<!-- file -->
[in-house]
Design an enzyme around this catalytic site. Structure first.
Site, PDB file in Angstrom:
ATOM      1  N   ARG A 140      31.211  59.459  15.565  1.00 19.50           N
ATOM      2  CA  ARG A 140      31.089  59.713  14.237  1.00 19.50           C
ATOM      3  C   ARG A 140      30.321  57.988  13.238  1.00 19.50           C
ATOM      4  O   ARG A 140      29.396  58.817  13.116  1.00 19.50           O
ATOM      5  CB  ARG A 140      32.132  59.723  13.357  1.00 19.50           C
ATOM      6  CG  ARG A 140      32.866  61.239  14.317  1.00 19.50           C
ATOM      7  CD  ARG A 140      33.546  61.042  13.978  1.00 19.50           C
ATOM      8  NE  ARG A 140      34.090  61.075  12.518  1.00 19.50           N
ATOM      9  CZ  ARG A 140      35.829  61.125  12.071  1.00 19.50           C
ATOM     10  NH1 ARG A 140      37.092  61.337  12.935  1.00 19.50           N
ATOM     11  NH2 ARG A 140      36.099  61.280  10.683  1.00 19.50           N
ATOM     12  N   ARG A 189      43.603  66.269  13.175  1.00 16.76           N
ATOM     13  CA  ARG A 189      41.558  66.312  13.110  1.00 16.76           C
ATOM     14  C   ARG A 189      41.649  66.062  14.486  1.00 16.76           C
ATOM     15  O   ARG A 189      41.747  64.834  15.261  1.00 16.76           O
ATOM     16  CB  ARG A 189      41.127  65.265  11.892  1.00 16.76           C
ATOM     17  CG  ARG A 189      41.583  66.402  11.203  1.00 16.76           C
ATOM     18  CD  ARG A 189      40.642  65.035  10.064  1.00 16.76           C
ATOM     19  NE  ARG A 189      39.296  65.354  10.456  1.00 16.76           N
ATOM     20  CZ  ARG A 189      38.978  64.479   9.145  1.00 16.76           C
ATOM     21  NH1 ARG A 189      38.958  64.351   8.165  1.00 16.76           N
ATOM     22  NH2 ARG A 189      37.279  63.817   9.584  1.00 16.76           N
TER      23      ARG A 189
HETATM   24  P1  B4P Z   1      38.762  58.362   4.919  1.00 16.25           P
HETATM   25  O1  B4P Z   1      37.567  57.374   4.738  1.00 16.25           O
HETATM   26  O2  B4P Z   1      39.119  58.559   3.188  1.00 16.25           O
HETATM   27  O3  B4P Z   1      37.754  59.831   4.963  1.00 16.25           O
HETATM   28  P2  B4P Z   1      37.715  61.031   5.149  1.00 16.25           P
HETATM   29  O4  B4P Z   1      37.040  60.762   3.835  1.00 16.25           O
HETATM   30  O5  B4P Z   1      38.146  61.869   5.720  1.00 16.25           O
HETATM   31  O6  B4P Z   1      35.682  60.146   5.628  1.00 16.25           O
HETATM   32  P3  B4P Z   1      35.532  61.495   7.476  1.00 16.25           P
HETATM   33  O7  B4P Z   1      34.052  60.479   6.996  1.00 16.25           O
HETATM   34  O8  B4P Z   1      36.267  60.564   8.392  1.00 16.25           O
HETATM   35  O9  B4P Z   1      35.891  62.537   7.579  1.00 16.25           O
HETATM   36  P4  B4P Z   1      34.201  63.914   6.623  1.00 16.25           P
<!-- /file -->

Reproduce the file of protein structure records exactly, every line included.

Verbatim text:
[in-house]
Design an enzyme around this catalytic site. Structure first.
Site, PDB file in Angstrom:
ATOM      1  N   ARG A 140      31.211  59.459  15.565  1.00 19.50           N
ATOM      2  CA  ARG A 140      31.089  59.713  14.237  1.00 19.50           C
ATOM      3  C   ARG A 140      30.321  57.988  13.238  1.00 19.50           C
ATOM      4  O   ARG A 140      29.396  58.817  13.116  1.00 19.50           O
ATOM      5  CB  ARG A 140      32.132  59.723  13.357  1.00 19.50           C
ATOM      6  CG  ARG A 140      32.866  61.239  14.317  1.00 19.50           C
ATOM      7  CD  ARG A 140      33.546  61.042  13.978  1.00 19.50           C
ATOM      8  NE  ARG A 140      34.090  61.075  12.518  1.00 19.50           N
ATOM      9  CZ  ARG A 140      35.829  61.125  12.071  1.00 19.50           C
ATOM     10  NH1 ARG A 140      37.092  61.337  12.935  1.00 19.50           N
ATOM     11  NH2 ARG A 140      36.099  61.280  10.683  1.00 19.50           N
ATOM     12  N   ARG A 189      43.603  66.269  13.175  1.00 16.76           N
ATOM     13  CA  ARG A 189      41.558  66.312  13.110  1.00 16.76           C
ATOM     14  C   ARG A 189      41.649  66.062  14.486  1.00 16.76           C
ATOM     15  O   ARG A 189      41.747  64.834  15.261  1.00 16.76           O
ATOM     16  CB  ARG A 189      41.127  65.265  11.892  1.00 16.76           C
ATOM     17  CG  ARG A 189      41.583  66.402  11.203  1.00 16.76           C
ATOM     18  CD  ARG A 189      40.642  65.035  10.064  1.00 16.76           C
ATOM     19  NE  ARG A 189      39.296  65.354  10.456  1.00 16.76           N
ATOM     20  CZ  ARG A 189      38.978  64.479   9.145  1.00 16.76           C
ATOM     21  NH1 ARG A 189      38.958  64.351   8.165  1.00 16.76           N
ATOM     22  NH2 ARG A 189      37.279  63.817   9.584  1.00 16.76           N
TER      23      ARG A 189
HETATM   24  P1  B4P Z   1      38.762  58.362   4.919  1.00 16.25           P
HETATM   25  O1  B4P Z   1      37.567  57.374   4.738  1.00 16.25           O
HETATM   26  O2  B4P Z   1      39.119  58.559   3.188  1.00 16.25           O
HETATM   27  O3  B4P Z   1      37.754  59.831   4.963  1.00 16.25           O
HETATM   28  P2  B4P Z   1      37.715  61.031   5.149  1.00 16.25           P
HETATM   29  O4  B4P Z   1      37.040  60.762   3.835  1.00 16.25           O
HETATM   30  O5  B4P Z   1      38.146  61.869   5.720  1.00 16.25           O
HETATM   31  O6  B4P Z   1      35.682  60.146   5.628  1.00 16.25           O
HETATM   32  P3  B4P Z   1      35.532  61.495   7.476  1.00 16.25           P
HETATM   33  O7  B4P Z   1      34.052  60.479   6.996  1.00 16.25           O
HETATM   34  O8  B4P Z   1      36.267  60.564   8.392  1.00 16.25           O
HETATM   35  O9  B4P Z   1      35.891  62.537   7.579  1.00 16.25           O
HETATM   36  P4  B4P Z   1      34.201  63.914   6.623  1.00 16.25           P